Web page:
The indicator of the position of Uzbekistan in comparison with other countries is 44.7 percent, that is, in 44.7 percent of countries, the level of public administration efficiency is worse than in Uzbekistan. A year ago, this figure was 34.1%.

Therefore, embarks on a journey to delve deeper into the nuances, mechanisms, and strategies that have steered Uzbekistan towards this commendable ascent, shedding light on the key aspects that have been instrumental in repositioning it on the global map.

Extensive reviews of databases and published reports from globally recognized institutions, such as the World Bank, the United Nations, the World Economic Forum, and regional bodies like the Shanghai Cooperation Organization, were undertaken. Special emphasis was placed on annual reports, policy reviews, and specific country analysis documents that detailed Uzbekistan’s performance metrics over the past decade.

A series of surveys were distributed to business leaders, both domestic and international, operating in Uzbekistan. These surveys aimed to gather perceptions on the nation’s business environment, reforms, and the overall ease of operations.

Trend analysis was employed to map out Uzbekistan’s progression in numerical terms. Data visualization tools, such as graphs and charts, were used to highlight significant inflection points and shifts in rankings. Statistical tests, where applicable, were used to determine the significance of observed changes.

Content analysis was conducted on textual data sourced from reports, interview transcripts, and survey responses. This allowed for the identification of recurring themes, sentiments, and narratives that could shed light on the qualitative aspects of Uzbekistan’s growth. Particular attention was given to policy descriptions, reform initiatives, and strategic partnerships to decipher their impact on the country’s international standing.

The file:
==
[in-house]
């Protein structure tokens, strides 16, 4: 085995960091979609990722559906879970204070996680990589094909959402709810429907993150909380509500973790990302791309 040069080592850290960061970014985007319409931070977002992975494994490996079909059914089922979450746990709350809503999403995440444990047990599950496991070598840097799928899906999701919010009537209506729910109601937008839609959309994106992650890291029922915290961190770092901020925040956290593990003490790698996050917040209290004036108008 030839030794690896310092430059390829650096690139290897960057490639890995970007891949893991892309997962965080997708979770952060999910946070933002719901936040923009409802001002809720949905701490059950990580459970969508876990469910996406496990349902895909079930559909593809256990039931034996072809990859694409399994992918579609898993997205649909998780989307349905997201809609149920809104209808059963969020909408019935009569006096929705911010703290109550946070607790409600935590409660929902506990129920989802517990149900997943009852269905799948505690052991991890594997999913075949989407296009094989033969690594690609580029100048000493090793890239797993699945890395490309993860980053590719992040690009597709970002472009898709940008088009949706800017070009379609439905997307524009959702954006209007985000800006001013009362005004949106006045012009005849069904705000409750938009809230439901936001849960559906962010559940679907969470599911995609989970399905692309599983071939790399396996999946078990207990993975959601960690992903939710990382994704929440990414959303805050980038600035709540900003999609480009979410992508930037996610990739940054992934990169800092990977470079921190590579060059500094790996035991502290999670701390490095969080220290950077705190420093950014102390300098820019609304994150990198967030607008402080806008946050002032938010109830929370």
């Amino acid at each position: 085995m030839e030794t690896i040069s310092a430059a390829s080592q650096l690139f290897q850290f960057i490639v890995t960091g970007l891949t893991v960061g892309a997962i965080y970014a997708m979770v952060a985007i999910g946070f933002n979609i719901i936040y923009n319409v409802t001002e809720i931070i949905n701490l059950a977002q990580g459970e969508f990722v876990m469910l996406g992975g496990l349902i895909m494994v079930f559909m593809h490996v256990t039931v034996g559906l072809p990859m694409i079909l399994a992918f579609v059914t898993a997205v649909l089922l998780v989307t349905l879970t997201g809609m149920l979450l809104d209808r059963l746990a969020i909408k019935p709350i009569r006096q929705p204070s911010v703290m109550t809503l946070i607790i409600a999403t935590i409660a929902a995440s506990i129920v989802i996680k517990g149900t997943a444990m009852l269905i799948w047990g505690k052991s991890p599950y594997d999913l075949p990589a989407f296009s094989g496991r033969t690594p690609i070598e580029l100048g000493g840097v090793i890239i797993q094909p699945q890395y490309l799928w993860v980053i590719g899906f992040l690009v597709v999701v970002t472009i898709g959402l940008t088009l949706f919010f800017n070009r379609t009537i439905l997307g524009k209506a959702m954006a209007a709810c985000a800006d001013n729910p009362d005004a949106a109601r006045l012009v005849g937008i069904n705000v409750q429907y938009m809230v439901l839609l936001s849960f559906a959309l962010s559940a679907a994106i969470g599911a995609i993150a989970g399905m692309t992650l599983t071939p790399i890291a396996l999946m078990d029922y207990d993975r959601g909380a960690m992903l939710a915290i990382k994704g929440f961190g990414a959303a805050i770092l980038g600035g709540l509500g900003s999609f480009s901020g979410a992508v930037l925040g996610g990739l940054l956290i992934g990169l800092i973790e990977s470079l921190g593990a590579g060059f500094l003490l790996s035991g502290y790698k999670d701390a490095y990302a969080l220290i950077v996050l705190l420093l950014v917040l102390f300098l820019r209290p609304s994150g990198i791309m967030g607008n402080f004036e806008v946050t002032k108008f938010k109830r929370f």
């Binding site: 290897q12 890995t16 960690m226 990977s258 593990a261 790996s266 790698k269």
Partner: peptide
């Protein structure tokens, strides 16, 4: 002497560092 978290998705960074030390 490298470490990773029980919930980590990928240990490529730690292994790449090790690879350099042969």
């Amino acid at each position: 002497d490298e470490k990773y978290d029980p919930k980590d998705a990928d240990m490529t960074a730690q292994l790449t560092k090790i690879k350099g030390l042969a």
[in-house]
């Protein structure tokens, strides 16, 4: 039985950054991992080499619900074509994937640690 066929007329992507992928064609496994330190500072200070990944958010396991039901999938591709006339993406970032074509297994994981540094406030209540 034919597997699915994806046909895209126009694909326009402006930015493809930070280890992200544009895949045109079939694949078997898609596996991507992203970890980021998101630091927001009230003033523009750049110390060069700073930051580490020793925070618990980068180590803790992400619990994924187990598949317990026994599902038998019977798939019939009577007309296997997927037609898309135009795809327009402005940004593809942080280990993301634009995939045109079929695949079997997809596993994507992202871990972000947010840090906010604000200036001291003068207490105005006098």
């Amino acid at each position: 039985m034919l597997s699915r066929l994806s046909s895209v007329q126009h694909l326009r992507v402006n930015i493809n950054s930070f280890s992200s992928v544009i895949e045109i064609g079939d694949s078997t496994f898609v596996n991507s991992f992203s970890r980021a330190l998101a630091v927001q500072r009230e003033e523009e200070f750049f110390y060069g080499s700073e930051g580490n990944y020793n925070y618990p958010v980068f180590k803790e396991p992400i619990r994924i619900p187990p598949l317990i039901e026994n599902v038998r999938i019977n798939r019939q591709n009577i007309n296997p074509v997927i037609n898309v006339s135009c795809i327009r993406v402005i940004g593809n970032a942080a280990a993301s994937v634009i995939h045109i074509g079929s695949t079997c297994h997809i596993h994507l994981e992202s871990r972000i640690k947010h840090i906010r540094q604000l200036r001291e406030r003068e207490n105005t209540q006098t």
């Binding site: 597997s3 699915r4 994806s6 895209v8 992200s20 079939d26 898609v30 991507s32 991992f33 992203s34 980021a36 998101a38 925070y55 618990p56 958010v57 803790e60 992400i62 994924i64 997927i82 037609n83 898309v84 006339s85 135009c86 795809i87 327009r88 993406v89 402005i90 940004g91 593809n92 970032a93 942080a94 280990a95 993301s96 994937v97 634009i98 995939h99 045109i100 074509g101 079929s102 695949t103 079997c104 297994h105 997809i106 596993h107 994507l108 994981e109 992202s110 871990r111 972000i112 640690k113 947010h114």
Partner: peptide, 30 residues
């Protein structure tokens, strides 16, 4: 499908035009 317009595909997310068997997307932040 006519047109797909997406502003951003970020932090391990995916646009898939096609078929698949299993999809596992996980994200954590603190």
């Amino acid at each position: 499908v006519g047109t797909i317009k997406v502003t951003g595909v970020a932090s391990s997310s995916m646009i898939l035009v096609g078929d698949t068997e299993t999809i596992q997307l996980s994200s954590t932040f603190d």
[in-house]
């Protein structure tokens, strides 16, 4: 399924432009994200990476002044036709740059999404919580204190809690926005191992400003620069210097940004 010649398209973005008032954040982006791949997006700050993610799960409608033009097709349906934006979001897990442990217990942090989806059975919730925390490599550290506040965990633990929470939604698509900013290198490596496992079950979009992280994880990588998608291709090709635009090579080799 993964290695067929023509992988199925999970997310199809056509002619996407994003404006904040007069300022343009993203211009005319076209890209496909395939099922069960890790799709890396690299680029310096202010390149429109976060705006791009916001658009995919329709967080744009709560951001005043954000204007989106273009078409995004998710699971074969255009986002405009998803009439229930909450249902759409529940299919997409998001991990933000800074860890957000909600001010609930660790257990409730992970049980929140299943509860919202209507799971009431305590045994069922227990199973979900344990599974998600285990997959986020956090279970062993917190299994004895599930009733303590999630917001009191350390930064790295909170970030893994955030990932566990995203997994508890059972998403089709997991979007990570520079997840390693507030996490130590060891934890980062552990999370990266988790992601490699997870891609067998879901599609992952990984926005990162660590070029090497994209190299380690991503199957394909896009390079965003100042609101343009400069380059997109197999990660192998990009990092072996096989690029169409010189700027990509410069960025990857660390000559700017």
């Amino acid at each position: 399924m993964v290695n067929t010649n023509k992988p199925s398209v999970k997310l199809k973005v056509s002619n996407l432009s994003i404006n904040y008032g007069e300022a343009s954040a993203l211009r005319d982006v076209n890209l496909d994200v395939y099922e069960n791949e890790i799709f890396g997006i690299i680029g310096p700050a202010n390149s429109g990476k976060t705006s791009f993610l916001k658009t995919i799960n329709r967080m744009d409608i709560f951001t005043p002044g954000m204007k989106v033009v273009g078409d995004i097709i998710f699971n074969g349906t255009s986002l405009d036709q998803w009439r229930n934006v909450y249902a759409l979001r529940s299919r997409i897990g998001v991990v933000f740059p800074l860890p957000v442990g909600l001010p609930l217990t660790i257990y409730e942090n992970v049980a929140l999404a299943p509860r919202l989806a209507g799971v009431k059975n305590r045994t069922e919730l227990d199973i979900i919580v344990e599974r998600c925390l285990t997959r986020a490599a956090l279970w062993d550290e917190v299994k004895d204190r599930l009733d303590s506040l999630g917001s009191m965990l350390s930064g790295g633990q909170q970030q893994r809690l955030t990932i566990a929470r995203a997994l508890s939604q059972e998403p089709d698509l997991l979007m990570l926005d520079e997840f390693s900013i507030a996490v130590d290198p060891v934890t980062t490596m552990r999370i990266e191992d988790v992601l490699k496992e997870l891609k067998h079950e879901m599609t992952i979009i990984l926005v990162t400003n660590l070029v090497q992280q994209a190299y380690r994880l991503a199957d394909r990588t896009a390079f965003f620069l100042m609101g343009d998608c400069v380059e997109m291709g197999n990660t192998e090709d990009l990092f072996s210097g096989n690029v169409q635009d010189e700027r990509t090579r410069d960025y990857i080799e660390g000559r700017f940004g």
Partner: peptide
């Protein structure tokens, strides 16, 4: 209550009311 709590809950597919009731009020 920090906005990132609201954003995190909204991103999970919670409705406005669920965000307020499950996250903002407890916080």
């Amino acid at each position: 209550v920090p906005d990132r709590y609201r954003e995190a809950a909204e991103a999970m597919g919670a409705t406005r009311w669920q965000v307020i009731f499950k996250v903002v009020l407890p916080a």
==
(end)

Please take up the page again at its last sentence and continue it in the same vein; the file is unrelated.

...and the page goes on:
To position Uzbekistan’s growth in a broader context, its trajectory was juxtaposed against select neighboring countries and global averages. This comparison offered a perspective on the nation’s performance relative to its peers and the global landscape.

Uzbekistan introduced a series of economic reforms that bolstered foreign direct investment, leading to higher GDP growth rates and an improved ranking in the ease of doing business.

Efforts to lessen the dependence on traditional sectors, like cotton, have seen a rise in areas such as tourism, technology, and manufacturing.

The restructuring of the education system, emphasizing technological integration and vocational training, has enhanced its human capital index.

Reports indicate a marked improvement in the areas of freedom of expression, assembly, and the press.

Uzbekistan’s commitments to sustainable practices and renewable energy sources have positively influenced its ranking in global environmental indices.

The multifaceted approach adopted by Uzbekistan provides valuable insights into nation-building in the 21st century. The nation’s economic pivot, transitioning from an insular model to one inviting international collaboration, has been instrumental in its upward trajectory. By focusing on sectors beyond its traditional strengths, Uzbekistan has showcased adaptability.

Education emerges as another cornerstone. By recognizing the demands of a modern economy, Uzbekistan’s focus on integrating technology into curricula and emphasizing vocational training demonstrates forward-thinking.

The enhancements in civil liberties indicate not just a response to international pressure but possibly a more intrinsic societal evolution, reflecting a broader global trend towards transparency and freedom.

Lastly, Uzbekistan’s environmental initiatives are particularly commendable. In an era where climate change impacts are undeniable, the nation’s commitment to sustainable practices offers hope and serves as a model for others.

Uzbekistan’s trajectory in international rankings is a testament to its adaptive reforms and strategic initiatives. As the country continues on this path, it solidifies its place not just in rankings but in global relevance and influence.

Tokhir Khasanov,

Academy of Public Administration

under the President of the Republic of Uzbekistan,

DSc. in Economics, Associate Professor.